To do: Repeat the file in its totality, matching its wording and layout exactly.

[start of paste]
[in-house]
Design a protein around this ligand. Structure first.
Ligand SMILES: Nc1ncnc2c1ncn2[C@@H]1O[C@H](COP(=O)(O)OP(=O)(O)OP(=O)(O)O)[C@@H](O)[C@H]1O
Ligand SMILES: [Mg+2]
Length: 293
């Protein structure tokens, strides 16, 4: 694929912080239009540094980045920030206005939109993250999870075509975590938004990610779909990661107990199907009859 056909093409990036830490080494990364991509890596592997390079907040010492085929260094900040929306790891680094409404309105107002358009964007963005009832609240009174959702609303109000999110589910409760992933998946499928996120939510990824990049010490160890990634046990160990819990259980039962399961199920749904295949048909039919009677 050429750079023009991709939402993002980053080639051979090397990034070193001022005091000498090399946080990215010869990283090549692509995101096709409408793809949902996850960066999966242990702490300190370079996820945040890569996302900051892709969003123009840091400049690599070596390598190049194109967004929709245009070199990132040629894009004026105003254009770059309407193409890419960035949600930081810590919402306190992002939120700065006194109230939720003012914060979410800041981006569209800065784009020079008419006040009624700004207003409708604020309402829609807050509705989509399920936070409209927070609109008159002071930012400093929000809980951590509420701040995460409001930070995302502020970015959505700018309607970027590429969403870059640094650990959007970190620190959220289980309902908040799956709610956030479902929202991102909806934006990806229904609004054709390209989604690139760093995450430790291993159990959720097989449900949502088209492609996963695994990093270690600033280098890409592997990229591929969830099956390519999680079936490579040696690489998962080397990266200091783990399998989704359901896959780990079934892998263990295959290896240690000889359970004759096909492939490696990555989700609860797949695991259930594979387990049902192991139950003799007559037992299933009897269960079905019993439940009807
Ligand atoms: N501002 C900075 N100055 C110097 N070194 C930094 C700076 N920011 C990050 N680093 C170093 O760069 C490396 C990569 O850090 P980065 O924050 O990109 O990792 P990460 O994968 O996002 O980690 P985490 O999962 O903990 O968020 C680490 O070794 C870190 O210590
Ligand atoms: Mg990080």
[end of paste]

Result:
[in-house]
Design a protein around this ligand. Structure first.
Ligand SMILES: Nc1ncnc2c1ncn2[C@@H]1O[C@H](COP(=O)(O)OP(=O)(O)OP(=O)(O)O)[C@@H](O)[C@H]1O
Ligand SMILES: [Mg+2]
Length: 293
């Protein structure tokens, strides 16, 4: 694929912080239009540094980045920030206005939109993250999870075509975590938004990610779909990661107990199907009859 056909093409990036830490080494990364991509890596592997390079907040010492085929260094900040929306790891680094409404309105107002358009964007963005009832609240009174959702609303109000999110589910409760992933998946499928996120939510990824990049010490160890990634046990160990819990259980039962399961199920749904295949048909039919009677 050429750079023009991709939402993002980053080639051979090397990034070193001022005091000498090399946080990215010869990283090549692509995101096709409408793809949902996850960066999966242990702490300190370079996820945040890569996302900051892709969003123009840091400049690599070596390598190049194109967004929709245009070199990132040629894009004026105003254009770059309407193409890419960035949600930081810590919402306190992002939120700065006194109230939720003012914060979410800041981006569209800065784009020079008419006040009624700004207003409708604020309402829609807050509705989509399920936070409209927070609109008159002071930012400093929000809980951590509420701040995460409001930070995302502020970015959505700018309607970027590429969403870059640094650990959007970190620190959220289980309902908040799956709610956030479902929202991102909806934006990806229904609004054709390209989604690139760093995450430790291993159990959720097989449900949502088209492609996963695994990093270690600033280098890409592997990229591929969830099956390519999680079936490579040696690489998962080397990266200091783990399998989704359901896959780990079934892998263990295959290896240690000889359970004759096909492939490696990555989700609860797949695991259930594979387990049902192991139950003799007559037992299933009897269960079905019993439940009807
Ligand atoms: N501002 C900075 N100055 C110097 N070194 C930094 C700076 N920011 C990050 N680093 C170093 O760069 C490396 C990569 O850090 P980065 O924050 O990109 O990792 P990460 O994968 O996002 O980690 P985490 O999962 O903990 O968020 C680490 O070794 C870190 O210590
Ligand atoms: Mg990080």